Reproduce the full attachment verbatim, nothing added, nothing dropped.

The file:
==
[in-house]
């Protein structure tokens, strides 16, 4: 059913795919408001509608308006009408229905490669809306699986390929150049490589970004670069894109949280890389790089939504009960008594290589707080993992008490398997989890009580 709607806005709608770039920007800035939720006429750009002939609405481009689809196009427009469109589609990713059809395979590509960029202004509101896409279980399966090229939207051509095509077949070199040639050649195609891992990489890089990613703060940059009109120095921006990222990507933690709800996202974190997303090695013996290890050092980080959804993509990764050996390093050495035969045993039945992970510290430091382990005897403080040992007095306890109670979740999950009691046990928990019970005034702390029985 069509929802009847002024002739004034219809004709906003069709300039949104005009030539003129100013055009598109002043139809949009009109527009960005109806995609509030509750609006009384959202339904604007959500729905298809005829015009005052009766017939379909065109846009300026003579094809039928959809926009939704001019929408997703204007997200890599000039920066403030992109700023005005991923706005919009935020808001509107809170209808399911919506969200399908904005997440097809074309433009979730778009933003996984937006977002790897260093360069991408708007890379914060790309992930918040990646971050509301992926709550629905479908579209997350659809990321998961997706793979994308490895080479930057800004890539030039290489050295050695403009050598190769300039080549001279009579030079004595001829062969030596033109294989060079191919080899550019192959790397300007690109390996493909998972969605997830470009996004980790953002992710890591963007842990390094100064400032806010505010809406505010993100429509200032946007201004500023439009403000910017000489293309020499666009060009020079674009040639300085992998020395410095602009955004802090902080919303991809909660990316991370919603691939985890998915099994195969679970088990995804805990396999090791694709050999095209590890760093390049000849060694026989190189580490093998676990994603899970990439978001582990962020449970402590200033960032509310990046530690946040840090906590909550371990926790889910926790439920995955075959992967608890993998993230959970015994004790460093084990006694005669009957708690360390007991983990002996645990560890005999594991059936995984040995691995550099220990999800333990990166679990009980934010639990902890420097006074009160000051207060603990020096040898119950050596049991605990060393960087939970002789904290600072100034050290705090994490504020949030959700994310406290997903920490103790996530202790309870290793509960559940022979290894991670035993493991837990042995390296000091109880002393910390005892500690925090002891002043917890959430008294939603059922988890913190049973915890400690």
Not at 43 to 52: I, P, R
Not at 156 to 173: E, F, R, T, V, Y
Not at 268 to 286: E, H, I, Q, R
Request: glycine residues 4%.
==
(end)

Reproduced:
[in-house]
């Protein structure tokens, strides 16, 4: 059913795919408001509608308006009408229905490669809306699986390929150049490589970004670069894109949280890389790089939504009960008594290589707080993992008490398997989890009580 709607806005709608770039920007800035939720006429750009002939609405481009689809196009427009469109589609990713059809395979590509960029202004509101896409279980399966090229939207051509095509077949070199040639050649195609891992990489890089990613703060940059009109120095921006990222990507933690709800996202974190997303090695013996290890050092980080959804993509990764050996390093050495035969045993039945992970510290430091382990005897403080040992007095306890109670979740999950009691046990928990019970005034702390029985 069509929802009847002024002739004034219809004709906003069709300039949104005009030539003129100013055009598109002043139809949009009109527009960005109806995609509030509750609006009384959202339904604007959500729905298809005829015009005052009766017939379909065109846009300026003579094809039928959809926009939704001019929408997703204007997200890599000039920066403030992109700023005005991923706005919009935020808001509107809170209808399911919506969200399908904005997440097809074309433009979730778009933003996984937006977002790897260093360069991408708007890379914060790309992930918040990646971050509301992926709550629905479908579209997350659809990321998961997706793979994308490895080479930057800004890539030039290489050295050695403009050598190769300039080549001279009579030079004595001829062969030596033109294989060079191919080899550019192959790397300007690109390996493909998972969605997830470009996004980790953002992710890591963007842990390094100064400032806010505010809406505010993100429509200032946007201004500023439009403000910017000489293309020499666009060009020079674009040639300085992998020395410095602009955004802090902080919303991809909660990316991370919603691939985890998915099994195969679970088990995804805990396999090791694709050999095209590890760093390049000849060694026989190189580490093998676990994603899970990439978001582990962020449970402590200033960032509310990046530690946040840090906590909550371990926790889910926790439920995955075959992967608890993998993230959970015994004790460093084990006694005669009957708690360390007991983990002996645990560890005999594991059936995984040995691995550099220990999800333990990166679990009980934010639990902890420097006074009160000051207060603990020096040898119950050596049991605990060393960087939970002789904290600072100034050290705090994490504020949030959700994310406290997903920490103790996530202790309870290793509960559940022979290894991670035993493991837990042995390296000091109880002393910390005892500690925090002891002043917890959430008294939603059922988890913190049973915890400690």
Not at 43 to 52: I, P, R
Not at 156 to 173: E, F, R, T, V, Y
Not at 268 to 286: E, H, I, Q, R
Request: glycine residues 4%.